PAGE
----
You’ve spent months hitting those targets, winning that business and working late to keep everything running smoothly. You took pride in your work and achievements but what did you get back for it? ‘It’s your job’ type feedback and asking for any kind of pay-rise seemed more far- fetched than Donald Trump welcoming a flock of migrants to his house for tea.
Instead of battling to make your voice heard to make some kind of progression, you decide it’s time to pick up your self-esteem and take it someplace else where it can heal and prosper. You nailed the interview with that forward thinking organisation and accepted a fantastic offer paying 10% more than your current employer. Halleluiah.
You have just handed in your letter of resignation to your unappreciative manager. Your level of self worth has rocketed despite your fists being a bit clammy and your heart thumping just a little harder in your chest. Your manager takes one look at it, looks at you (cue, gulping action) and politely asks to see you again in a couple of hours in his office.
Two jittery hours later, you walk into his office. Armed with a list of reasons and valid points you have prepared, to justify leaving your current position. Your manager listens, and listens and listens. You feel as though you are being heard for the first time in a very long time. It feels good. It feels honest.
Unbelievably, your manager begins to nod his head and agree with the points you are making. It’s like some kind of twilight universe. He begins to ask you how long you have been feeling like this with a real look of concern on his face. He begins to apologise for the unfortunate situation. He might not be such a dragon after all, he might even be vulnerable, just like me.
An hour later, you find yourself in a strange position. Your manager has laid his cards on the table, told you how much he values you, explains why he was not able to give a pay rise earlier and has decided to offer you a promotion to manage your area with a 20% pay rise. He has given you until the end of the day to think about it. Crikey, its already 1.30pm.
It’s a really good offer. Plus you already have the business you have won, your team know you well, you are comfortable with how the company operates. Could this be the answer to your prayers?
Consider these points:
1) Remember the REAL reasons you wanted to leave in the first place
Everyone has different reasons for wanting to leave their employer. If money and a promotion are the SOLE reasons why you wanted to move in the first place, you are probably better off staying put.
In our experience, more often than not, the underlying reasons run deeper than this. The company culture of refusing to give a ‘pat on the back’ for hard work, the lack of incentive to progress up the career ladder, the unspoken rules for staying in favour of the manager. These intangible but very valid reasons are the ones that make you want to stay in bed an extra 10 minutes rather than jumping out to catch the early train to get to work.
Anyone with half an ounce of common sense will tell you, these things are very unlikely to CHANGE. In fact, in our last 10 years of data, almost 80% of candidates that accept a counter offer leave the company within 6 months of first accepting it. Speaks for itself right?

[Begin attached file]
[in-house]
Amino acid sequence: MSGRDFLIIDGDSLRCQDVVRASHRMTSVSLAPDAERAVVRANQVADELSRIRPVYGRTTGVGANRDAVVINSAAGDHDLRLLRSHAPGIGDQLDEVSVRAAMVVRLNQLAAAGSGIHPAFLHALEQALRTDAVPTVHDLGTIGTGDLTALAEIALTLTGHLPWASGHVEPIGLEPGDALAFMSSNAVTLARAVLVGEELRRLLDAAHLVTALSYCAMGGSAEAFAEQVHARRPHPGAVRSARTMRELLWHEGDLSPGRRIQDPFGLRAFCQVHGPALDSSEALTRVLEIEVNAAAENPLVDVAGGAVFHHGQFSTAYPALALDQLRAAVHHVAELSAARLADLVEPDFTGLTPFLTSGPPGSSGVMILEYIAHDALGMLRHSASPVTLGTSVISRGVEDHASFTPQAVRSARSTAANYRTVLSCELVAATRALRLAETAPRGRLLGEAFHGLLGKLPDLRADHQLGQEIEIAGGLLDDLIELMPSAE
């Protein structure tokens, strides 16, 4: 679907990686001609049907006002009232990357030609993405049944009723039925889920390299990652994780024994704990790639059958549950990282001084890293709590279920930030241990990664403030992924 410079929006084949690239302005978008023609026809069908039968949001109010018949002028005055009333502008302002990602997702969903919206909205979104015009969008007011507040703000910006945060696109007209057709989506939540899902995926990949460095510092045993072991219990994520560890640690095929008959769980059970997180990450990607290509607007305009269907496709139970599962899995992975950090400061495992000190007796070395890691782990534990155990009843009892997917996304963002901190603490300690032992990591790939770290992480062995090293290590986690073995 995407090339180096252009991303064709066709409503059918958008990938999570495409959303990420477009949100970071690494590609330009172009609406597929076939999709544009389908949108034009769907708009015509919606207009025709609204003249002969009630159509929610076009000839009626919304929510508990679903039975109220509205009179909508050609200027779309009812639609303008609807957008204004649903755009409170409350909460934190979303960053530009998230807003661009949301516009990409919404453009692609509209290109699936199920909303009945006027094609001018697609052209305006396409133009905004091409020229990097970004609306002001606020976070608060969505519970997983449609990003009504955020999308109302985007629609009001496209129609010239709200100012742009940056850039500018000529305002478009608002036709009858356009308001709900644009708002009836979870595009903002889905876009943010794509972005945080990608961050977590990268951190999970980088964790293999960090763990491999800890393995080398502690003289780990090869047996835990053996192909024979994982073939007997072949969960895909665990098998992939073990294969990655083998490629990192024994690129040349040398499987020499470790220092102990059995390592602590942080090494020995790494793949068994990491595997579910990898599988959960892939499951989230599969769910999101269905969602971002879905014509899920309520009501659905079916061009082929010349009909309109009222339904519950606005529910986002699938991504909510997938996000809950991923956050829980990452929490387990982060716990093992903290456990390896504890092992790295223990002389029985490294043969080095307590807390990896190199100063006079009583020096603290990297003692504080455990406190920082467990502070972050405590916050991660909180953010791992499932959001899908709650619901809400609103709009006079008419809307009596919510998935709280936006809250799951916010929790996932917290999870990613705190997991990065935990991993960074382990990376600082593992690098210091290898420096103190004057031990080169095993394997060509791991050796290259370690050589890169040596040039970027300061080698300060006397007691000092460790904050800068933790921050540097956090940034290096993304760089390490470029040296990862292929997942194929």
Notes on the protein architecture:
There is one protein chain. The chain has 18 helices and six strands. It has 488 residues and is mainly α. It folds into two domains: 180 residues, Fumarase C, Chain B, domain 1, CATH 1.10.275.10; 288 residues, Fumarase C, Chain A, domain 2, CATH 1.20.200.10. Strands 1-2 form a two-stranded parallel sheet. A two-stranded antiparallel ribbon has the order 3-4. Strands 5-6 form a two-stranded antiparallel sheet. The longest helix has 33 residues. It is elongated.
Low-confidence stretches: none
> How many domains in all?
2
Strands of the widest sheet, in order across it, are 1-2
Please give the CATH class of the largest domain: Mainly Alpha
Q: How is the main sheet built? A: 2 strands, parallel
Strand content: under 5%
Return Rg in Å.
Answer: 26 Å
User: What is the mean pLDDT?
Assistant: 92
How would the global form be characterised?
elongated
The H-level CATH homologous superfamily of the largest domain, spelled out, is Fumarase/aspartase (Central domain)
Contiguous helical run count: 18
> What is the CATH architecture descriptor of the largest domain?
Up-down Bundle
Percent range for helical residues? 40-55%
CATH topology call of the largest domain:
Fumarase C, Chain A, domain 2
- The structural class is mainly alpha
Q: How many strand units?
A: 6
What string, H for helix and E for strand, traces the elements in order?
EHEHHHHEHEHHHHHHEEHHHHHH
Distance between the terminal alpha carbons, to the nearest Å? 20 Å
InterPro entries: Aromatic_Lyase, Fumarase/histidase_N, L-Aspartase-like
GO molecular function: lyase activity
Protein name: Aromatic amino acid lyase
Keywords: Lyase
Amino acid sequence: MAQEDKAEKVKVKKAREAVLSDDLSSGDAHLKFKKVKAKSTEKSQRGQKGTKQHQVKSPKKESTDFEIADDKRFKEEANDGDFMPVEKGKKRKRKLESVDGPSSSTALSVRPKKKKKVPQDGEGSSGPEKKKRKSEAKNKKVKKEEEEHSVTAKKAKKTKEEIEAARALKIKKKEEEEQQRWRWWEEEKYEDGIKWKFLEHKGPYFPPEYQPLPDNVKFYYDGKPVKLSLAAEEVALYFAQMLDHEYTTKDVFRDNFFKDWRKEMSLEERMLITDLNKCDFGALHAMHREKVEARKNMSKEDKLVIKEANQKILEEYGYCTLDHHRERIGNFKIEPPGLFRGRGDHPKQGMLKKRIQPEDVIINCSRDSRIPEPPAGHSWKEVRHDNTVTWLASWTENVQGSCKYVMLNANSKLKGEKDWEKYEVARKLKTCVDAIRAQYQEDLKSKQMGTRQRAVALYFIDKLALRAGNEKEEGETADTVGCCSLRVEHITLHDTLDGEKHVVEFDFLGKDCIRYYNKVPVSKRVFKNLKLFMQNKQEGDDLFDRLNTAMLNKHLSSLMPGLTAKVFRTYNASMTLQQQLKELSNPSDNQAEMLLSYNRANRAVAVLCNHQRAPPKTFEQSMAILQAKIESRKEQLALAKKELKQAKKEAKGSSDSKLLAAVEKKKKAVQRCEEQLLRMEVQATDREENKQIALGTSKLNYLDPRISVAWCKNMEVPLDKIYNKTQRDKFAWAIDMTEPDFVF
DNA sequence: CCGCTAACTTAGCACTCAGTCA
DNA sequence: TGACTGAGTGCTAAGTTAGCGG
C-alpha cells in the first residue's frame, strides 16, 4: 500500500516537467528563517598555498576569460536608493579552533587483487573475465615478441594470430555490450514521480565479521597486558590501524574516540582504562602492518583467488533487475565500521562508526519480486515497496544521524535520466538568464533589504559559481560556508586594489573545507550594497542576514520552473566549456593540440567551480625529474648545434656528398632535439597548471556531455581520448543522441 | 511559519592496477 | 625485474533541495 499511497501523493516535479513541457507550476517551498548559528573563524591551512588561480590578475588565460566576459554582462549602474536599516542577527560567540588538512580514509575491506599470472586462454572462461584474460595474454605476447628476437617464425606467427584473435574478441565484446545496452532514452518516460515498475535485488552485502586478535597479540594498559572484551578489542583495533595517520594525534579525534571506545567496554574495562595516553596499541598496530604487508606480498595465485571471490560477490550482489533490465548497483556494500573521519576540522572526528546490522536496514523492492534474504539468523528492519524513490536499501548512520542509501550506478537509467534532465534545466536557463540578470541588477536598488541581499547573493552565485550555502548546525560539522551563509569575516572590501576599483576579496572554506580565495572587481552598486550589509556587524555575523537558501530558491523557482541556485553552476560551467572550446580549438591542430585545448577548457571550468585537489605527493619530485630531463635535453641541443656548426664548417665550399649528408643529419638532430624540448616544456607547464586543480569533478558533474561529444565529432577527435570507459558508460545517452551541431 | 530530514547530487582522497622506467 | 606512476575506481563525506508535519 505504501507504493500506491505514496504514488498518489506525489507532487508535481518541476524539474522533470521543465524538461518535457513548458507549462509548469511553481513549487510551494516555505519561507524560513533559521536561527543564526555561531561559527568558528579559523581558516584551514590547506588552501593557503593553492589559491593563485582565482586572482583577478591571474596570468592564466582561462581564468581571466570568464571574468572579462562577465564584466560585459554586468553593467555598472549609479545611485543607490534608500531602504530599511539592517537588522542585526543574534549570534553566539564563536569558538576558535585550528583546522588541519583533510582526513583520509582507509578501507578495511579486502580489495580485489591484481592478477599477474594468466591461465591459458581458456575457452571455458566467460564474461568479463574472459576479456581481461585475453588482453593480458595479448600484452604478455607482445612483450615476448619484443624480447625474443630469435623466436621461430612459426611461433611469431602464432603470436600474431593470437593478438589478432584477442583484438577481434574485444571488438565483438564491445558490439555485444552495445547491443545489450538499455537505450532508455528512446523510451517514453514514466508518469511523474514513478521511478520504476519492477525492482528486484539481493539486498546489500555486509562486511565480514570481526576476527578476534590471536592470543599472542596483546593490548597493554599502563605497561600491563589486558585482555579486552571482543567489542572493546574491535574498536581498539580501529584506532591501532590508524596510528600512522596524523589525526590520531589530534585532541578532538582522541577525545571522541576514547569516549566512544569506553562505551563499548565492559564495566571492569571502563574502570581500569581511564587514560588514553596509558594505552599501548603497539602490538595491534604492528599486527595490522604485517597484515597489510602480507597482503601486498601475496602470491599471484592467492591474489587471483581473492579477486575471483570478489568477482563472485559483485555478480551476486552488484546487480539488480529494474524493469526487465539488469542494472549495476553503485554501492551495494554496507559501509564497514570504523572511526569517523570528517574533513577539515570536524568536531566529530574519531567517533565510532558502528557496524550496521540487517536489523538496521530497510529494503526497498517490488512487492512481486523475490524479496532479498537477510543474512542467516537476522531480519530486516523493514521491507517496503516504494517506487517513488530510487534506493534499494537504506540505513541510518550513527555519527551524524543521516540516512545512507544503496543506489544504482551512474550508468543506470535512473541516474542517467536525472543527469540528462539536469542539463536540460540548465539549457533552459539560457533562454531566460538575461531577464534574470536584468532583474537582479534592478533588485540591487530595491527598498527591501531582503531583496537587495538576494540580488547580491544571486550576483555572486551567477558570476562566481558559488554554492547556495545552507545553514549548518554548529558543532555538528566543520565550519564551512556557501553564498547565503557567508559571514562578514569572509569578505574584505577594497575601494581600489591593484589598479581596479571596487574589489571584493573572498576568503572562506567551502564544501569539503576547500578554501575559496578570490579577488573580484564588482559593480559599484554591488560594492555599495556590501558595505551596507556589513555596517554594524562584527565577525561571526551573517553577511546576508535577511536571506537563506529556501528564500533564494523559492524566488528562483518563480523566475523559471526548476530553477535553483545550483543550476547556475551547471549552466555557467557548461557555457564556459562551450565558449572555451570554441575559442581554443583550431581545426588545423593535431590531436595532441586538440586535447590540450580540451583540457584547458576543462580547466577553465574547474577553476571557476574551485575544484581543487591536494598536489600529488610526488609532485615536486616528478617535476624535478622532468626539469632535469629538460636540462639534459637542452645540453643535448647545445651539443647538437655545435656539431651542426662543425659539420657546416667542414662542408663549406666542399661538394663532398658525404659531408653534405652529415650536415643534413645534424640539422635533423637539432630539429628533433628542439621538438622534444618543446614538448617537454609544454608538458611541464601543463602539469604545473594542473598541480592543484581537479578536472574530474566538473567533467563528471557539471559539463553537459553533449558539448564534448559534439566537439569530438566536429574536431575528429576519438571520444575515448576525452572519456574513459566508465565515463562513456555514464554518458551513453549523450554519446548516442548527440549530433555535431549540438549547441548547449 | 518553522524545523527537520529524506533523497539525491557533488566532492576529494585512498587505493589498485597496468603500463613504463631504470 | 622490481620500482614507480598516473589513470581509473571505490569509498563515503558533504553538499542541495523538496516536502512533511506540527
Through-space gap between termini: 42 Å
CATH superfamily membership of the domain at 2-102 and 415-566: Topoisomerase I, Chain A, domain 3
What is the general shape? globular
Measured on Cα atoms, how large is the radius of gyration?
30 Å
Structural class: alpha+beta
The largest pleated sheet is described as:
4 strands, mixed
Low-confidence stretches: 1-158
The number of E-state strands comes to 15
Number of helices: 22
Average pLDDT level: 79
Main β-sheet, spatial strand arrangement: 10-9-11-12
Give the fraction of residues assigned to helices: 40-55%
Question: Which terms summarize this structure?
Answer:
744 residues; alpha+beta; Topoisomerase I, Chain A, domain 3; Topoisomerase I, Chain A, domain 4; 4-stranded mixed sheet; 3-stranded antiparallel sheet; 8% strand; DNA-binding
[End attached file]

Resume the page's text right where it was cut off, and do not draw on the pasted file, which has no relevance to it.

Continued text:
2) Your loyalty will always be in question from this point onwards
The cat is now out of the bag kids. Your manager knows that you did not have the companies best interests at heart whilst you were nipping out on your lunch break and interviewing with their competitors. The trust has been shaken and things are unlikely to ever be quite the same (although you didn’t like the ‘same’ in the first place) again. Don’t be surprised if your manager is already lining up your replacement and is getting ready to get rid of you if you ‘underperform’ in your new promotion with that big, fat salary he is having to fork out.
3) Have a think about what the new organisation could offer you
It’s always a little bit daunting when moving jobs. It’s a risky situation and in most cases humans tend to be risk averse. We take solace in our comfort zones even if the comfort zones aren’t actually all that comfortable. Be aware that it’s unfair on you for your current employer to put your back up against the wall and make you decide what to do with your life within a few hours time. You are also being unfair to the new organisation who have likely to have spent months meeting you, showing you around, answering your questions, formulating a suitable offer etc if you (are forced) to make your decision so quickly.
Be strong and if necessary ask for more time not only to consider the counter offer but to reflect and even speak to the new organisation again. You could be honest and explain that you have had a counter offer and they should be happy to reiterate what they can offer you if they are a forward thinking organisation. The type of organisation that values open communication and professionalism. The type of organisation you wanted to work for in the first place.
Receiving a counter offer from your current employer may be flattering.
When deciding whether to accept a counter offer, set aside the feelings of flattery and rewind your thoughts to the beginning of the search process. Remind yourself why you decided to look for another job in the first place.
Have a good think about the consequences you may have to face after revealing that you wanted to leave your current employer.
Finally, think about the potential growth you could achieve if you do make the move and accept your job offer. Change is life after all.
Could you resist a counter offer?